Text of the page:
Chances are that you’re here because you did something stupid. You locked yourself out of your EC2 instance somehow. Maybe you’ve played with the firewall settings on the machine, maybe you don’t know what you’ve done. Been there, done that. Luckily, there’s a workaround.

In my case, I’ve messed up UFW config on my Ubuntu instance. If you messed up some other configuration, you might have to edit a different file, but the basics of workaround are the same – attaching a disk from the instance you locked yourself out to the recovery instance you’ll create.

Here are the steps:

  1. Create a new recovery instance (the same as the one you messed up)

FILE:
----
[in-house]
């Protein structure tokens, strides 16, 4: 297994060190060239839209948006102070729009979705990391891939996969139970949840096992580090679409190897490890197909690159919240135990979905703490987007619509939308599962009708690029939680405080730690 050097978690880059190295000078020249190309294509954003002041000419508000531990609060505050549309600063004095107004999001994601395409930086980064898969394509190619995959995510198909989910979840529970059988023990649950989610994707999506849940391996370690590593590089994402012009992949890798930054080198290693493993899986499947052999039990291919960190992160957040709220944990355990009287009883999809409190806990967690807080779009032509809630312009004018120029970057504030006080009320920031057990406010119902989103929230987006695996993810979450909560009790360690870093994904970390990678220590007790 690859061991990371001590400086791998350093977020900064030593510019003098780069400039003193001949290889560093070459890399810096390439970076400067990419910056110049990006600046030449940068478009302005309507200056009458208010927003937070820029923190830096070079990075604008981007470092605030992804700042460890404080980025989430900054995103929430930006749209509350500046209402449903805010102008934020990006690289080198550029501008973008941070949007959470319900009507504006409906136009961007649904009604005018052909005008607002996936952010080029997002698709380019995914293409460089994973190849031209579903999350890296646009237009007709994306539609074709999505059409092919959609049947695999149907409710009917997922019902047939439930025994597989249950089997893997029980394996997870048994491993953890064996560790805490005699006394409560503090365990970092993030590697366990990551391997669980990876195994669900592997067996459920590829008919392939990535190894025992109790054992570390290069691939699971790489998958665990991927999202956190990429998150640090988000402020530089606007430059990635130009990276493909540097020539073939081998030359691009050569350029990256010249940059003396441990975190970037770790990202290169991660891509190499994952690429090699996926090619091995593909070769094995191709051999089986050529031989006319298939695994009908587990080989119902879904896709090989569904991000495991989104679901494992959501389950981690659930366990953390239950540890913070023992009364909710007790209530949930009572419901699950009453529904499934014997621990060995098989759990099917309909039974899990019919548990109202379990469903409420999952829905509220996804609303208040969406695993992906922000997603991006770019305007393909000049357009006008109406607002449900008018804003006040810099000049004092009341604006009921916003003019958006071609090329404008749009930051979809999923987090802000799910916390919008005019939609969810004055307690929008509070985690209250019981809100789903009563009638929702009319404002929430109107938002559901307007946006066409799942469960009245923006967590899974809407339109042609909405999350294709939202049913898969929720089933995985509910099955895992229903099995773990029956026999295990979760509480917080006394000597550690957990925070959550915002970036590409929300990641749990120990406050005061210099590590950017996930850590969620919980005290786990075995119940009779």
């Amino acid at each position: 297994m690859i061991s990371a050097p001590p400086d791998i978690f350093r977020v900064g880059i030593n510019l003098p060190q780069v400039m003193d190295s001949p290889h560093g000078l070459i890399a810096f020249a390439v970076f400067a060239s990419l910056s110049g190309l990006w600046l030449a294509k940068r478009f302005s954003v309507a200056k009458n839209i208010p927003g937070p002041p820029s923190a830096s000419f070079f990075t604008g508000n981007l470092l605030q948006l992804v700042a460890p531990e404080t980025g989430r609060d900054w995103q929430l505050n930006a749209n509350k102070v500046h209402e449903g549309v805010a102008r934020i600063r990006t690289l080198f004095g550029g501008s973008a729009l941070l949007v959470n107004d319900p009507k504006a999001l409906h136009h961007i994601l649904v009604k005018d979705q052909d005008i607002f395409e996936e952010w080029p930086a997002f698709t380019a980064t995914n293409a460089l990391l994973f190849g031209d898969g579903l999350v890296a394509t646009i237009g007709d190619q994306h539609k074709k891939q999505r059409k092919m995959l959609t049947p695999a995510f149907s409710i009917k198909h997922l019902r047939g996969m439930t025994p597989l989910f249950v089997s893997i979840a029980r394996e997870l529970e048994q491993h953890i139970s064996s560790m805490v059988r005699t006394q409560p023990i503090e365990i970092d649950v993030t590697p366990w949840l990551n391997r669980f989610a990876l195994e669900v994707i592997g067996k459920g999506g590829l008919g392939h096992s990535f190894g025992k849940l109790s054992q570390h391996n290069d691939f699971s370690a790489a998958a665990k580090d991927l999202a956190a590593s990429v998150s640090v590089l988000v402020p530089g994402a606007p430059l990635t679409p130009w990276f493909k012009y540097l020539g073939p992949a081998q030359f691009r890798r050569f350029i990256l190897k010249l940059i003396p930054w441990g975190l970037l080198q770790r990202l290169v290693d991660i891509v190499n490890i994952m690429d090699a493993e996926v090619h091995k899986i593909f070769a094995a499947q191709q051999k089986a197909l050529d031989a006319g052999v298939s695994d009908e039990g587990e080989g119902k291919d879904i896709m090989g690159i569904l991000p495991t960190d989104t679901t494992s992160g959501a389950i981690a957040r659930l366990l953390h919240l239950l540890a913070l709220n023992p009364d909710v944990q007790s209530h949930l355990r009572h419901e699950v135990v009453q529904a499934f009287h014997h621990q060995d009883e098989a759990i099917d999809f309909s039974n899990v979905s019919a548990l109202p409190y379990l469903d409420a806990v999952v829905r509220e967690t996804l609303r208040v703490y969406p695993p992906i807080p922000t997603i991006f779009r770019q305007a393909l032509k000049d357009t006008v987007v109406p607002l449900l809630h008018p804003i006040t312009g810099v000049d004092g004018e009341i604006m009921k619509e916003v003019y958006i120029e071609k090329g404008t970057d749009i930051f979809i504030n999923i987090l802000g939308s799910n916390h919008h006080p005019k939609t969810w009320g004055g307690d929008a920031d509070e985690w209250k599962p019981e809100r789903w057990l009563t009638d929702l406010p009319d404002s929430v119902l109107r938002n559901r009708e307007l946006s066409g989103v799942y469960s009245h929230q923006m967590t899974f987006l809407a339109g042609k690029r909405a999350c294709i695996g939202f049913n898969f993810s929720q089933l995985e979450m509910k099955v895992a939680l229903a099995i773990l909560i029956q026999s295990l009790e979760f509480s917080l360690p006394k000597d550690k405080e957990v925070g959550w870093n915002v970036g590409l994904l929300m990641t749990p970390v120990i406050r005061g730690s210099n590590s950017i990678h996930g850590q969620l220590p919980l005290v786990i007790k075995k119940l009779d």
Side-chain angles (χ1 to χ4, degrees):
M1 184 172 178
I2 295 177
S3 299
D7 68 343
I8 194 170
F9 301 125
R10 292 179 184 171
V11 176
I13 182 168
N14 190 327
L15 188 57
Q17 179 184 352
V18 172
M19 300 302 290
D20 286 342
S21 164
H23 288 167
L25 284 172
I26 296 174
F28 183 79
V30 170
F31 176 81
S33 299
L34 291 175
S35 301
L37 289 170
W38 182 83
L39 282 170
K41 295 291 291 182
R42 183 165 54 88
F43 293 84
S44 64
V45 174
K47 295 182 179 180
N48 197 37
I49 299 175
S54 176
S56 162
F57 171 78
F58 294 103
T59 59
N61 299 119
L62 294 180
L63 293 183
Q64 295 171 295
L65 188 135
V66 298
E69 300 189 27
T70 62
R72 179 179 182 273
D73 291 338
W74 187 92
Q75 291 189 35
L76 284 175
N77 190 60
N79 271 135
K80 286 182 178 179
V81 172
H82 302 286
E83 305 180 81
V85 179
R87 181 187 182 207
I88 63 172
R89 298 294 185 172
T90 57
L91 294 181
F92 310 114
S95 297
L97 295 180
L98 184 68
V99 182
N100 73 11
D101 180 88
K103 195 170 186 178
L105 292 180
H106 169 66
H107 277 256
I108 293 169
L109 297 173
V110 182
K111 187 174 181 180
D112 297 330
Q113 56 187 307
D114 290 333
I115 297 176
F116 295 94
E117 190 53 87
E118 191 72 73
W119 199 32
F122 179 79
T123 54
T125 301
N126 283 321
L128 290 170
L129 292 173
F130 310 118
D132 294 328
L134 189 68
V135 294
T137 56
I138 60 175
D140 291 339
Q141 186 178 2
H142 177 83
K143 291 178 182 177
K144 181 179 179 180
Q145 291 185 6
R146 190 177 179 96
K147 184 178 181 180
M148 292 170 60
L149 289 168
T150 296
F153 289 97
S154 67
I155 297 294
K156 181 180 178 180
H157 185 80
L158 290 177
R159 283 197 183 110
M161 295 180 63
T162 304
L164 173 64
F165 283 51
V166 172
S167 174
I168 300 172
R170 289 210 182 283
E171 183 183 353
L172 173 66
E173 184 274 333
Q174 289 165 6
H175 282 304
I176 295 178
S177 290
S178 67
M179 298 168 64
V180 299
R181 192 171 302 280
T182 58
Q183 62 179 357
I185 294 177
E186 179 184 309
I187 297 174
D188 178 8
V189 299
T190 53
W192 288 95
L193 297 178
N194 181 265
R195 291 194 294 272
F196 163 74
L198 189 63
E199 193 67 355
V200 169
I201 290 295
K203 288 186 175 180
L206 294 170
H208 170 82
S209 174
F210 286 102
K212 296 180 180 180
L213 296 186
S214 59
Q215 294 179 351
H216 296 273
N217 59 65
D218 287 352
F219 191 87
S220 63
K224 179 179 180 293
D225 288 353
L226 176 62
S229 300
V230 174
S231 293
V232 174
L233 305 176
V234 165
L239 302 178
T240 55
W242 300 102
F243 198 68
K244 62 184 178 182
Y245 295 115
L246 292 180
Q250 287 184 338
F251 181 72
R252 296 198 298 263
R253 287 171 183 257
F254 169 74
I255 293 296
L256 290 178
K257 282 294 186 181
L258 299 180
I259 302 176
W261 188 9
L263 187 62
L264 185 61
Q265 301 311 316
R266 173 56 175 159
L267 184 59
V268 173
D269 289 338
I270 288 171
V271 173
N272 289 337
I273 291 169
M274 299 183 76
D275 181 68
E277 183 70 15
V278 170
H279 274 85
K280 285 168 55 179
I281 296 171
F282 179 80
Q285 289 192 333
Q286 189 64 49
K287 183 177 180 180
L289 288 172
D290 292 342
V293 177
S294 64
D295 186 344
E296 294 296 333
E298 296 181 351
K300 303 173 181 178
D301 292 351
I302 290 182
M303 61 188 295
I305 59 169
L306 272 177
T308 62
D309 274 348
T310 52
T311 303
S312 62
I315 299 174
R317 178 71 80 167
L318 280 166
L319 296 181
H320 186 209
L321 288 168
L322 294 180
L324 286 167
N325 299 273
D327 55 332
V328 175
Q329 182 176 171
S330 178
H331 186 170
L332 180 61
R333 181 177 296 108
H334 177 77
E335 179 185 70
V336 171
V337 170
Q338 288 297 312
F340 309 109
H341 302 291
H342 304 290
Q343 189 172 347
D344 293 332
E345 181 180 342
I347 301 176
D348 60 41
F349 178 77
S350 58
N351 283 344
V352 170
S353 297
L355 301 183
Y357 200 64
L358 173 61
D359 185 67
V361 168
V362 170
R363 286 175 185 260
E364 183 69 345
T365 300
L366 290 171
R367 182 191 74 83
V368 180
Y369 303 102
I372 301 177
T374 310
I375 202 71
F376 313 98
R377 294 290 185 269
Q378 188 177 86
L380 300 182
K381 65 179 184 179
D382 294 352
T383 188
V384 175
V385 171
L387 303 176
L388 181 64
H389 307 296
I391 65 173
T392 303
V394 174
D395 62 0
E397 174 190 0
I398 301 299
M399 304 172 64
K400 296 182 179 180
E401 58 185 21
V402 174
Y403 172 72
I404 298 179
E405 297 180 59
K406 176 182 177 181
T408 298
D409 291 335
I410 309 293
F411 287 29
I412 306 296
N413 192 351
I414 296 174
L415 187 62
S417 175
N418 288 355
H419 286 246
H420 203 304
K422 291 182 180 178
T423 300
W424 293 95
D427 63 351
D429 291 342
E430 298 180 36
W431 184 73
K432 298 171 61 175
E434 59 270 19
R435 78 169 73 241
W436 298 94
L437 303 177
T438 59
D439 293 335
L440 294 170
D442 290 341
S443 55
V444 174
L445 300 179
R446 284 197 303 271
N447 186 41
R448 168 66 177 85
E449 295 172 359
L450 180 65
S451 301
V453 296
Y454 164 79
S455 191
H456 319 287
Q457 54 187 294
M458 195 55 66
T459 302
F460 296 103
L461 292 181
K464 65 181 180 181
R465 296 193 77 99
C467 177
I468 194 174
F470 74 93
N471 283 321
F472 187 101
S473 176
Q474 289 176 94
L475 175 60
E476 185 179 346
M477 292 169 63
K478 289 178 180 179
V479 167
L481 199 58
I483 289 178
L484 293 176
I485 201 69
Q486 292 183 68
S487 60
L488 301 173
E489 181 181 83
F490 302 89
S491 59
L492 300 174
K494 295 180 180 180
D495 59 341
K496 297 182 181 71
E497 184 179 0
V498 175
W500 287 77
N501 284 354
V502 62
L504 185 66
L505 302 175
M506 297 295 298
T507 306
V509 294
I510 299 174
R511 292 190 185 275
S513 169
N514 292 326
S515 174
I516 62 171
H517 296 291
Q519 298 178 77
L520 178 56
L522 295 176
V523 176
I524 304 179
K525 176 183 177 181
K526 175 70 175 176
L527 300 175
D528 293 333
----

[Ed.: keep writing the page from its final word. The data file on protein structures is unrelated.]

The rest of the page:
2. Stop the problematic instance (DO NOT TERMINATE!)
  3. Detach the volume (problematic volume) from the original instance
  4. Attach it to the recovery instance as /dev/sdf
  5. SSH to the created recovery instance
  6. Run $ sudo lsblk to display the attached volumes and confirm the name of the problem volume. It usually begins with /dev/xvdf
  7. Mount problem volume: $ sudo mount /dev/xvdf1 /mnt
  8. Open the UFW configuration file: $ sudo vim /mnt/etc/ufwufw.conf
  9. Change ENABLED=yes to ENABLED=no and save
  10. Unmount volume: $ sudo umount /mnt
  11. Detach the problematic volume from the recovery instance and re-attach it to the original instance as /dev/sda1.
  12. Start the original instance and you should be able to log back in.